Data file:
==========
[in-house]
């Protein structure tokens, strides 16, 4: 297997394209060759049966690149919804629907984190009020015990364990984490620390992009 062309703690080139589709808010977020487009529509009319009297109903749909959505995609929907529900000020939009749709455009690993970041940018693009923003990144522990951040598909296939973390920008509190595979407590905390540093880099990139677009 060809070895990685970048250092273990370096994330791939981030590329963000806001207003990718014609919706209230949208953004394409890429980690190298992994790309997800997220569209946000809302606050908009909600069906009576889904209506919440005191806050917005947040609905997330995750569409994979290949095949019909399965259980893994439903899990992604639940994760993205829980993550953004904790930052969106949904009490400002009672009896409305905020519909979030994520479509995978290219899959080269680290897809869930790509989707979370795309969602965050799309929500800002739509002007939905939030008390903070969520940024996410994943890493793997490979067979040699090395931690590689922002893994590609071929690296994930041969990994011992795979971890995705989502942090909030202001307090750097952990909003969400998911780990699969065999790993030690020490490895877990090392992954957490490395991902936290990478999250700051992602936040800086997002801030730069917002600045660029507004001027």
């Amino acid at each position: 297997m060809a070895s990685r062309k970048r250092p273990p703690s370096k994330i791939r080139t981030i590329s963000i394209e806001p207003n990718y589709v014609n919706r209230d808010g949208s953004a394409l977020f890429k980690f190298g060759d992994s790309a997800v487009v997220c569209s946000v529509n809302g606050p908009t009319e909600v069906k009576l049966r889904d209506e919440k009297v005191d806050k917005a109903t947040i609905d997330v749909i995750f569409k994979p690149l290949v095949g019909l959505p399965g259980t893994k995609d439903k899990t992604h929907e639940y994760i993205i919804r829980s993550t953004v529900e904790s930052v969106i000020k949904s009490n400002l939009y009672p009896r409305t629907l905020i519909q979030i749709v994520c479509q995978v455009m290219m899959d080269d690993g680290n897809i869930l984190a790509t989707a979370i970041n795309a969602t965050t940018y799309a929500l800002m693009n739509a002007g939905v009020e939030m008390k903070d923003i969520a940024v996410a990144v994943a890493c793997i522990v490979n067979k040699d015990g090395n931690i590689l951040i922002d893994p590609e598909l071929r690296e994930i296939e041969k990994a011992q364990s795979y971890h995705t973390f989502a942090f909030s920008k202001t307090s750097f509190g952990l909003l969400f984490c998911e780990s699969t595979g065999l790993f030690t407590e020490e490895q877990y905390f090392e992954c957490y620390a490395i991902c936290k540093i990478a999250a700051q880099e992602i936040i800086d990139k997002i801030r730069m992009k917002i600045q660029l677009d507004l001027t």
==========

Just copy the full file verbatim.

[in-house]
């Protein structure tokens, strides 16, 4: 297997394209060759049966690149919804629907984190009020015990364990984490620390992009 062309703690080139589709808010977020487009529509009319009297109903749909959505995609929907529900000020939009749709455009690993970041940018693009923003990144522990951040598909296939973390920008509190595979407590905390540093880099990139677009 060809070895990685970048250092273990370096994330791939981030590329963000806001207003990718014609919706209230949208953004394409890429980690190298992994790309997800997220569209946000809302606050908009909600069906009576889904209506919440005191806050917005947040609905997330995750569409994979290949095949019909399965259980893994439903899990992604639940994760993205829980993550953004904790930052969106949904009490400002009672009896409305905020519909979030994520479509995978290219899959080269680290897809869930790509989707979370795309969602965050799309929500800002739509002007939905939030008390903070969520940024996410994943890493793997490979067979040699090395931690590689922002893994590609071929690296994930041969990994011992795979971890995705989502942090909030202001307090750097952990909003969400998911780990699969065999790993030690020490490895877990090392992954957490490395991902936290990478999250700051992602936040800086997002801030730069917002600045660029507004001027």
């Amino acid at each position: 297997m060809a070895s990685r062309k970048r250092p273990p703690s370096k994330i791939r080139t981030i590329s963000i394209e806001p207003n990718y589709v014609n919706r209230d808010g949208s953004a394409l977020f890429k980690f190298g060759d992994s790309a997800v487009v997220c569209s946000v529509n809302g606050p908009t009319e909600v069906k009576l049966r889904d209506e919440k009297v005191d806050k917005a109903t947040i609905d997330v749909i995750f569409k994979p690149l290949v095949g019909l959505p399965g259980t893994k995609d439903k899990t992604h929907e639940y994760i993205i919804r829980s993550t953004v529900e904790s930052v969106i000020k949904s009490n400002l939009y009672p009896r409305t629907l905020i519909q979030i749709v994520c479509q995978v455009m290219m899959d080269d690993g680290n897809i869930l984190a790509t989707a979370i970041n795309a969602t965050t940018y799309a929500l800002m693009n739509a002007g939905v009020e939030m008390k903070d923003i969520a940024v996410a990144v994943a890493c793997i522990v490979n067979k040699d015990g090395n931690i590689l951040i922002d893994p590609e598909l071929r690296e994930i296939e041969k990994a011992q364990s795979y971890h995705t973390f989502a942090f909030s920008k202001t307090s750097f509190g952990l909003l969400f984490c998911e780990s699969t595979g065999l790993f030690t407590e020490e490895q877990y905390f090392e992954c957490y620390a490395i991902c936290k540093i990478a999250a700051q880099e992602i936040i800086d990139k997002i801030r730069m992009k917002i600045q660029l677009d507004l001027t």